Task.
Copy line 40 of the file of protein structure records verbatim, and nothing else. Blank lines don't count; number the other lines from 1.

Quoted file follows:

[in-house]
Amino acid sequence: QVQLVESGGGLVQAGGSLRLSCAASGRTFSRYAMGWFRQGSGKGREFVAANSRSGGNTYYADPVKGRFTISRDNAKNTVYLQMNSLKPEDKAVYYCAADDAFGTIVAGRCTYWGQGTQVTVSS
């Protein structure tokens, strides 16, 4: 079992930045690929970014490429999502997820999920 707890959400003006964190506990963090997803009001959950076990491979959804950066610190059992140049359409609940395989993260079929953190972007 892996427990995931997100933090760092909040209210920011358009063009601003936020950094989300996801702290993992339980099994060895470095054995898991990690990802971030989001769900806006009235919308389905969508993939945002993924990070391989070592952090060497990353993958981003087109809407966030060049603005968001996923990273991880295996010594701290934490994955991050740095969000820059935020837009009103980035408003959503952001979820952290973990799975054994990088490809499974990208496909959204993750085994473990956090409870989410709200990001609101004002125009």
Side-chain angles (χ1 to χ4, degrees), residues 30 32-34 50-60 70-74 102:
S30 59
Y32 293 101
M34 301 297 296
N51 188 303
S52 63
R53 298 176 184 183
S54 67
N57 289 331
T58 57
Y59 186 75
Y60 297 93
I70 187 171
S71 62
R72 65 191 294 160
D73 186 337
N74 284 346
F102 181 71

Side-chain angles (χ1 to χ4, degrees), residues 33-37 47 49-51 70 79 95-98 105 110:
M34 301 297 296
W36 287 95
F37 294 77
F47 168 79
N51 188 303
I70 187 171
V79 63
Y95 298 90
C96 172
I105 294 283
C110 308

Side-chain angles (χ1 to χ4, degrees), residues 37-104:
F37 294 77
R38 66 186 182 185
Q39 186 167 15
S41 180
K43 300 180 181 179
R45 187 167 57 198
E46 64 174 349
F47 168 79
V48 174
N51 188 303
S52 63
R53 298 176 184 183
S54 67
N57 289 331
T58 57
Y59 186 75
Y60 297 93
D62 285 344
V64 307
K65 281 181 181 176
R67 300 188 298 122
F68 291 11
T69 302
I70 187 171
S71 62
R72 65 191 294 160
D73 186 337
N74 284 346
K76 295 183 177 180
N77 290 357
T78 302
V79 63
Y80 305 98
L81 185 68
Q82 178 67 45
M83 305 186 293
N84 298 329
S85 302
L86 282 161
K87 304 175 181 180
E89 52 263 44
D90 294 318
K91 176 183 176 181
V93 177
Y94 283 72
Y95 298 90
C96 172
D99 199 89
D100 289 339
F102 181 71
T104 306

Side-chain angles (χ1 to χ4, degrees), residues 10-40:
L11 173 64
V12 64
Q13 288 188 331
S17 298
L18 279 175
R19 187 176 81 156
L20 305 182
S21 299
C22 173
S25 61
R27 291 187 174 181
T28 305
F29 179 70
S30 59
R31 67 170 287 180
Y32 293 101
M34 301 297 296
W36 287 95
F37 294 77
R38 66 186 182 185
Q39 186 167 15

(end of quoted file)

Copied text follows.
R45 187 167 57 198